COVID-19, the Cloud, and Cloud Security
COVID-19, social distancing, work from home…these are our current realities. How we got here and how we get past it are beyond my areas of expertise. But here we are – now what?
For DisruptOps we decided early to mandate work from home. It was a very simple decision – employees and their families always come first. If working from home could help our families stay healthy and help our community at the same time, let’s do it.
Our concerns with this change were social: how do we effectively communicate, stay connected, and stay productive? We have great communication tools (Slack, Google Meet, Zoom), but previously we augmented these tools with social interactions in the office. I believe in the value of in-person interaction, but we needed to overcome this new limitation. We started with a few simple ideas:
- Keep our current schedule of meetings (daily standups, weekly meetings, etc.)
- Use the camera during these meetings
- Use voice / video over chat when appropriate – don’t chat for 30 minutes when a 3-minute conversation could accomplish the same thing
It’s a work in progress. We continue to learn and improve through this experience.
Interestingly, there were no technical issues even considered or discussed when we made this decision. In our case, working from home is functionally no different than working in the office. All our infrastructure is in the cloud. All our applications are SaaS. As long as everyone has Internet access, they have the ability to do everything from home they could accomplish from the office. While we never considered COVID-19 or any other pandemic when making these infrastructure decisions, the benefits in our current reality are clear.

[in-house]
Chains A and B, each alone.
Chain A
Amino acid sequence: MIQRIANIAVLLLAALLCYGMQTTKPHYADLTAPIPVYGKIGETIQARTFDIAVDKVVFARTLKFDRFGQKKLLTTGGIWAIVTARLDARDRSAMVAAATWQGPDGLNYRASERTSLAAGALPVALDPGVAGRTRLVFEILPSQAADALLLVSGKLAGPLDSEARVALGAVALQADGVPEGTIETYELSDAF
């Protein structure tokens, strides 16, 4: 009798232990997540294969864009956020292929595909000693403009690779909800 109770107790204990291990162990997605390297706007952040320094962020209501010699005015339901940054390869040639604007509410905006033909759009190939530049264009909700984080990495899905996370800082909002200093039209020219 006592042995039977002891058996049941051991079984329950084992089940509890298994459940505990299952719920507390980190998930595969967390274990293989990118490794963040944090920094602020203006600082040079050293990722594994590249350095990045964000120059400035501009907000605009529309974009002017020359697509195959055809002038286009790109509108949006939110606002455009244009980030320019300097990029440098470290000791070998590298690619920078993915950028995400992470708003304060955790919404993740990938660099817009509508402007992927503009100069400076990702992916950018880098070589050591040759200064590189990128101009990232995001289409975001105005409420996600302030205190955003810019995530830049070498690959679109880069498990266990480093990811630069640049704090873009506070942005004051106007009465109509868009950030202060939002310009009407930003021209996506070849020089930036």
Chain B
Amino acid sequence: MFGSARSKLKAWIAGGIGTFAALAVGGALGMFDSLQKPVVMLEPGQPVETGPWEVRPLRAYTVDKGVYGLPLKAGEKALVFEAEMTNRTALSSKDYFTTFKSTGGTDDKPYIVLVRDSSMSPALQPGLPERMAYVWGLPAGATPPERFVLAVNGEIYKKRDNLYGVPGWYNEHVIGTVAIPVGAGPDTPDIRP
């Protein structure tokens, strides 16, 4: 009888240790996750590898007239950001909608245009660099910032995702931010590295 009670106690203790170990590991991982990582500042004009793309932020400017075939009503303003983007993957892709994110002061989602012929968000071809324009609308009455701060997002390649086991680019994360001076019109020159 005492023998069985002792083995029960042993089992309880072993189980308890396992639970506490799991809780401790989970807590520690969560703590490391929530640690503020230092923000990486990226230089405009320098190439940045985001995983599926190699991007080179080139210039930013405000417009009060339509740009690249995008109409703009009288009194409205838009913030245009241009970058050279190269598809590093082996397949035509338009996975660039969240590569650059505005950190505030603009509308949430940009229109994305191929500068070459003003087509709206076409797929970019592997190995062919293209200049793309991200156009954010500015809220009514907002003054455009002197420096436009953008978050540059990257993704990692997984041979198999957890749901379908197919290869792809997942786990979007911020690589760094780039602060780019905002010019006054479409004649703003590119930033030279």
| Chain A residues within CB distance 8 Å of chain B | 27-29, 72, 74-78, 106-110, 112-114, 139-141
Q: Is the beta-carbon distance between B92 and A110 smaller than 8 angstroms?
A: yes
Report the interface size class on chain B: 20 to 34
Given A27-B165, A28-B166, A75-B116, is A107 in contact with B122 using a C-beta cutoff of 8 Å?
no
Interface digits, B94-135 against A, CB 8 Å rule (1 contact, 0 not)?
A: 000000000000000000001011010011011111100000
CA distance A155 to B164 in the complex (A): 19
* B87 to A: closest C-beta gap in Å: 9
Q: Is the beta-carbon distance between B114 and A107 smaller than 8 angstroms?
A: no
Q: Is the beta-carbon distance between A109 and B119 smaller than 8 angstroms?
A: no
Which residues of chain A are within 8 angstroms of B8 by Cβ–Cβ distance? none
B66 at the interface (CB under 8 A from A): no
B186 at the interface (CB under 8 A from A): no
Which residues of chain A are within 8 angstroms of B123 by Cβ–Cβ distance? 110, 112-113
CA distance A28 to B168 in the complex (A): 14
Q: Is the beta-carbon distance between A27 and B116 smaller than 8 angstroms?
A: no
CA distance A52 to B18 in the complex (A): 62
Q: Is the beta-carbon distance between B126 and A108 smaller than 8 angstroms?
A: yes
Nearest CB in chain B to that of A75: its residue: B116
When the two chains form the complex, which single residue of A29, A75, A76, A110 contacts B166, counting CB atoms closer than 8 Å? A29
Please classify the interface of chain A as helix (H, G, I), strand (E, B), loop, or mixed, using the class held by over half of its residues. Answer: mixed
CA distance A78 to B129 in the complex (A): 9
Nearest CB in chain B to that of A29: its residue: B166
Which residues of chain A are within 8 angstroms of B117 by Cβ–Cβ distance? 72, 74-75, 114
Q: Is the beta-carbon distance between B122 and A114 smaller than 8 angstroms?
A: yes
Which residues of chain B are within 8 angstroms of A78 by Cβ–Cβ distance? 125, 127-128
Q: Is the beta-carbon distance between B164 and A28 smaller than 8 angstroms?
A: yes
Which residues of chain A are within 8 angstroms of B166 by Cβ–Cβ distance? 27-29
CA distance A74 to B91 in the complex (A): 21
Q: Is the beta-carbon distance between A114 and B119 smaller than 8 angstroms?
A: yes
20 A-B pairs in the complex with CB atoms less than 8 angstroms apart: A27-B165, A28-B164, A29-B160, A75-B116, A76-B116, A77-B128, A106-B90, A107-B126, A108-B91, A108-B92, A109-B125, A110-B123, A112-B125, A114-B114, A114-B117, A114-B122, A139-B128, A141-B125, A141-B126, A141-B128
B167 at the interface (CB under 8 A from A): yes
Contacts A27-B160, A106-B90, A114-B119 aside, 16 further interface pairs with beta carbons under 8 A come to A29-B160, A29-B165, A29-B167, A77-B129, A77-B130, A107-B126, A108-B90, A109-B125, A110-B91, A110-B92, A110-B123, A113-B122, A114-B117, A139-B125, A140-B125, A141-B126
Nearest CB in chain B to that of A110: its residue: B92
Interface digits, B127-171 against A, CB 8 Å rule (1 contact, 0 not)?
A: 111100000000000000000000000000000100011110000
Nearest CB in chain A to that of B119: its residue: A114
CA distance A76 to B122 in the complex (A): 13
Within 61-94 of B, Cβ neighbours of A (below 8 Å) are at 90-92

What about cloud security?
I had a friend ask this week about how we are handling the security implications of working from home. His concern was access to the corporate network from insecure locations and home computers. These are real concerns, and I have seen a number of articles on the subject (you can just search: security risks of working from home). But these were not our primary concerns.
Once again, our cloud-only strategy has prepared us for this odd time in history. Our office network is no more or less a part of our security strategy than someone working at home or from an airport lounge. The idea that the castle walls of the corporate data center would protect us were knocked down when we traded them for the benefits of the cloud. That doesn’t mean we traded security for access. Instead we acknowledge that access comes with responsibility. We implemented multi-factor authentication, separation of development accounts from production accounts (with extremely limited access to production environments), active operational control of critical infrastructure, and more. We also made careful decisions about SaaS providers to insure they meet our needs – both functional and security.
The security principle of zero trust dictates that location (inside vs. outside the network) is not sufficient to grant access to a resource. Instead it is about the identity of the user (and perhaps machine, location, and more). In this model the data center provides little security benefit to the cloud – and carries many disadvantages.
Cloud computing is not a panacea – it comes with its own challenges. But in our current fast-evolving world of self-quarantine and work from home, the cloud (both IaaS and SaaS) has proven powerful, valuable, and resilient.